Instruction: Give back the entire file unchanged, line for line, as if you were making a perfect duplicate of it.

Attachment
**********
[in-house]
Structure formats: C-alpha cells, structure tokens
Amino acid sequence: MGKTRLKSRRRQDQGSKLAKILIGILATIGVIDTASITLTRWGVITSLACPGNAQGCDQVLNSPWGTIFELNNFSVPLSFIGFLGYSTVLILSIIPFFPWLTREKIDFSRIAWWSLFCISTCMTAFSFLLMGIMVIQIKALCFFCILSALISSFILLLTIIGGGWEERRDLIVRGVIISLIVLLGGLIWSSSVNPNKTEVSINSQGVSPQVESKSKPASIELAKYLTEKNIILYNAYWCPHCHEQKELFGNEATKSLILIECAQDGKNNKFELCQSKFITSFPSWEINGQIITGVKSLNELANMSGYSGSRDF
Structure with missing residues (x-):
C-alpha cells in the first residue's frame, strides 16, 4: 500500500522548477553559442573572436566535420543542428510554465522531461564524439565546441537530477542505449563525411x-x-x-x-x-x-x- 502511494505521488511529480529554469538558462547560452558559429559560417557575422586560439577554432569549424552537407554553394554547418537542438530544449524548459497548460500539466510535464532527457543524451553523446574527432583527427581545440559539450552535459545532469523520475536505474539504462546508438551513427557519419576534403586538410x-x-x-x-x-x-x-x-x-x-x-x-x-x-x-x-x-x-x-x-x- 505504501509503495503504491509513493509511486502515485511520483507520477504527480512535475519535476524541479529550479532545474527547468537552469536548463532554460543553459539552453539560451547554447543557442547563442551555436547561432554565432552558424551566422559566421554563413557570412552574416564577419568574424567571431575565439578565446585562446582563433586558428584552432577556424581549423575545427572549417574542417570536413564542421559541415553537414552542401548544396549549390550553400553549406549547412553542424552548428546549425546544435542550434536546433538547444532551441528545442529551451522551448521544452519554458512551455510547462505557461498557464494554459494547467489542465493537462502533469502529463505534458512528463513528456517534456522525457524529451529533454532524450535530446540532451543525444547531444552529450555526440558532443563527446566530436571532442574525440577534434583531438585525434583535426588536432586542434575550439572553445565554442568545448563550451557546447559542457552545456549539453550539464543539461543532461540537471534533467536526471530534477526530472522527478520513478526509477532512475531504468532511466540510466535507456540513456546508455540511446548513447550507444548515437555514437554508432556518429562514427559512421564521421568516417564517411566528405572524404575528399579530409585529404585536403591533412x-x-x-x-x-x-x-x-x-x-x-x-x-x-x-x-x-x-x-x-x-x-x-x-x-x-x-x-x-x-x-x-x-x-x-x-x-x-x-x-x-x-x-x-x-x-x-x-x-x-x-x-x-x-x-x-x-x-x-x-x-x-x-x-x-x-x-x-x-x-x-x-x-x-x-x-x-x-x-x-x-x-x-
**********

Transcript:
[in-house]
Structure formats: C-alpha cells, structure tokens
Amino acid sequence: MGKTRLKSRRRQDQGSKLAKILIGILATIGVIDTASITLTRWGVITSLACPGNAQGCDQVLNSPWGTIFELNNFSVPLSFIGFLGYSTVLILSIIPFFPWLTREKIDFSRIAWWSLFCISTCMTAFSFLLMGIMVIQIKALCFFCILSALISSFILLLTIIGGGWEERRDLIVRGVIISLIVLLGGLIWSSSVNPNKTEVSINSQGVSPQVESKSKPASIELAKYLTEKNIILYNAYWCPHCHEQKELFGNEATKSLILIECAQDGKNNKFELCQSKFITSFPSWEINGQIITGVKSLNELANMSGYSGSRDF
Structure with missing residues (x-):
C-alpha cells in the first residue's frame, strides 16, 4: 500500500522548477553559442573572436566535420543542428510554465522531461564524439565546441537530477542505449563525411x-x-x-x-x-x-x- 502511494505521488511529480529554469538558462547560452558559429559560417557575422586560439577554432569549424552537407554553394554547418537542438530544449524548459497548460500539466510535464532527457543524451553523446574527432583527427581545440559539450552535459545532469523520475536505474539504462546508438551513427557519419576534403586538410x-x-x-x-x-x-x-x-x-x-x-x-x-x-x-x-x-x-x-x-x- 505504501509503495503504491509513493509511486502515485511520483507520477504527480512535475519535476524541479529550479532545474527547468537552469536548463532554460543553459539552453539560451547554447543557442547563442551555436547561432554565432552558424551566422559566421554563413557570412552574416564577419568574424567571431575565439578565446585562446582563433586558428584552432577556424581549423575545427572549417574542417570536413564542421559541415553537414552542401548544396549549390550553400553549406549547412553542424552548428546549425546544435542550434536546433538547444532551441528545442529551451522551448521544452519554458512551455510547462505557461498557464494554459494547467489542465493537462502533469502529463505534458512528463513528456517534456522525457524529451529533454532524450535530446540532451543525444547531444552529450555526440558532443563527446566530436571532442574525440577534434583531438585525434583535426588536432586542434575550439572553445565554442568545448563550451557546447559542457552545456549539453550539464543539461543532461540537471534533467536526471530534477526530472522527478520513478526509477532512475531504468532511466540510466535507456540513456546508455540511446548513447550507444548515437555514437554508432556518429562514427559512421564521421568516417564517411566528405572524404575528399579530409585529404585536403591533412x-x-x-x-x-x-x-x-x-x-x-x-x-x-x-x-x-x-x-x-x-x-x-x-x-x-x-x-x-x-x-x-x-x-x-x-x-x-x-x-x-x-x-x-x-x-x-x-x-x-x-x-x-x-x-x-x-x-x-x-x-x-x-x-x-x-x-x-x-x-x-x-x-x-x-x-x-x-x-x-x-x-x-